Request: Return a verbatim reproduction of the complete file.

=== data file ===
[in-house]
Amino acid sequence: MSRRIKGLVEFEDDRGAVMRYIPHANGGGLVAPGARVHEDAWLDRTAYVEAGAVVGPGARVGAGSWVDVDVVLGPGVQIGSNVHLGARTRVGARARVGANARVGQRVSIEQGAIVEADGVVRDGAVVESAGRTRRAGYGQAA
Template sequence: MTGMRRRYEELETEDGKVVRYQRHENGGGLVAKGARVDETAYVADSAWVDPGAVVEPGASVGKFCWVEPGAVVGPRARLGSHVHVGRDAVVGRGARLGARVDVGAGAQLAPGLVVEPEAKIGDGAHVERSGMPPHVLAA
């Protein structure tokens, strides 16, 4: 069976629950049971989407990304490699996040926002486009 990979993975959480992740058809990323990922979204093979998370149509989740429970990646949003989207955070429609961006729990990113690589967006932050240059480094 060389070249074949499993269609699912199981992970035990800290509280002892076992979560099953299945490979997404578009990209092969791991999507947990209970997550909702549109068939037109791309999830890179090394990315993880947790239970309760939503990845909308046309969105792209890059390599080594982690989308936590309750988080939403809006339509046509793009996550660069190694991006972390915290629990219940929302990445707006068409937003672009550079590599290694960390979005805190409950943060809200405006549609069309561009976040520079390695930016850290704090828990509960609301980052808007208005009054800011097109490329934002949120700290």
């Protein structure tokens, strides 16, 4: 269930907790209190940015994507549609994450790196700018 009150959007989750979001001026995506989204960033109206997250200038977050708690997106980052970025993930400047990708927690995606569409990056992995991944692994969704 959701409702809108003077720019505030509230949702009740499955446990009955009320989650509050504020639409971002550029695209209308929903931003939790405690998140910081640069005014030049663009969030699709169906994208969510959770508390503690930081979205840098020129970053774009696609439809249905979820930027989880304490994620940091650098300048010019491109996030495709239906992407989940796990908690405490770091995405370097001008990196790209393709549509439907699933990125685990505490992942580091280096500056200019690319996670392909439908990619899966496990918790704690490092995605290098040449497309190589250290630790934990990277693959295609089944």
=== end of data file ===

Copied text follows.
[in-house]
Amino acid sequence: MSRRIKGLVEFEDDRGAVMRYIPHANGGGLVAPGARVHEDAWLDRTAYVEAGAVVGPGARVGAGSWVDVDVVLGPGVQIGSNVHLGARTRVGARARVGANARVGQRVSIEQGAIVEADGVVRDGAVVESAGRTRRAGYGQAA
Template sequence: MTGMRRRYEELETEDGKVVRYQRHENGGGLVAKGARVDETAYVADSAWVDPGAVVEPGASVGKFCWVEPGAVVGPRARLGSHVHVGRDAVVGRGARLGARVDVGAGAQLAPGLVVEPEAKIGDGAHVERSGMPPHVLAA
């Protein structure tokens, strides 16, 4: 069976629950049971989407990304490699996040926002486009 990979993975959480992740058809990323990922979204093979998370149509989740429970990646949003989207955070429609961006729990990113690589967006932050240059480094 060389070249074949499993269609699912199981992970035990800290509280002892076992979560099953299945490979997404578009990209092969791991999507947990209970997550909702549109068939037109791309999830890179090394990315993880947790239970309760939503990845909308046309969105792209890059390599080594982690989308936590309750988080939403809006339509046509793009996550660069190694991006972390915290629990219940929302990445707006068409937003672009550079590599290694960390979005805190409950943060809200405006549609069309561009976040520079390695930016850290704090828990509960609301980052808007208005009054800011097109490329934002949120700290």
């Protein structure tokens, strides 16, 4: 269930907790209190940015994507549609994450790196700018 009150959007989750979001001026995506989204960033109206997250200038977050708690997106980052970025993930400047990708927690995606569409990056992995991944692994969704 959701409702809108003077720019505030509230949702009740499955446990009955009320989650509050504020639409971002550029695209209308929903931003939790405690998140910081640069005014030049663009969030699709169906994208969510959770508390503690930081979205840098020129970053774009696609439809249905979820930027989880304490994620940091650098300048010019491109996030495709239906992407989940796990908690405490770091995405370097001008990196790209393709549509439907699933990125685990505490992942580091280096500056200019690319996670392909439908990619899966496990918790704690490092995605290098040449497309190589250290630790934990990277693959295609089944």